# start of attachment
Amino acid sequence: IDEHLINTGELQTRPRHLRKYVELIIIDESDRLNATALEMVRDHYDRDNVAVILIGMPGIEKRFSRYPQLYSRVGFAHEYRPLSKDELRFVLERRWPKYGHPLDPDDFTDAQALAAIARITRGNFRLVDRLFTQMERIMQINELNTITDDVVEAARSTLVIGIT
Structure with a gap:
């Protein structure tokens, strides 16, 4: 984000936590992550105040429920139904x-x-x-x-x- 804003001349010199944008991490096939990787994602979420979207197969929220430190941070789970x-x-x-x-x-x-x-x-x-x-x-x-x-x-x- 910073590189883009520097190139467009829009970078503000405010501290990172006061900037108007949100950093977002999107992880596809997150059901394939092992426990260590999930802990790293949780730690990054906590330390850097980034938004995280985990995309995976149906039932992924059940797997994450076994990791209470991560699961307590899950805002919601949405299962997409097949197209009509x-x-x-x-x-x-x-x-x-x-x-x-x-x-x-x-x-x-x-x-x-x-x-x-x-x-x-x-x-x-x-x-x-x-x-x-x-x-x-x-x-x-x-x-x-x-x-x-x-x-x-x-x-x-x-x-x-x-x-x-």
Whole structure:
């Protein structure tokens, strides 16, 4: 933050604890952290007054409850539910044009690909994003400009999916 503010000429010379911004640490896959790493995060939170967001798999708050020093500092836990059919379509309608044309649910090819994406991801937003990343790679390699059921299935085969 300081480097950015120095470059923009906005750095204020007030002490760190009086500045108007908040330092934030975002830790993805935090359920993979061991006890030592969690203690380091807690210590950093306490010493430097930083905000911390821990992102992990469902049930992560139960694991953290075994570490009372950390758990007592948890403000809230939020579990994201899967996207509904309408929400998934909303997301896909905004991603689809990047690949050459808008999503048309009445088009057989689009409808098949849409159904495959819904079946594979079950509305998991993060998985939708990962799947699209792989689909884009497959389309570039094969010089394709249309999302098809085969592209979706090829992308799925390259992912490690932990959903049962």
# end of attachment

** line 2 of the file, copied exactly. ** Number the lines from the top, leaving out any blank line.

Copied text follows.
Structure with a gap: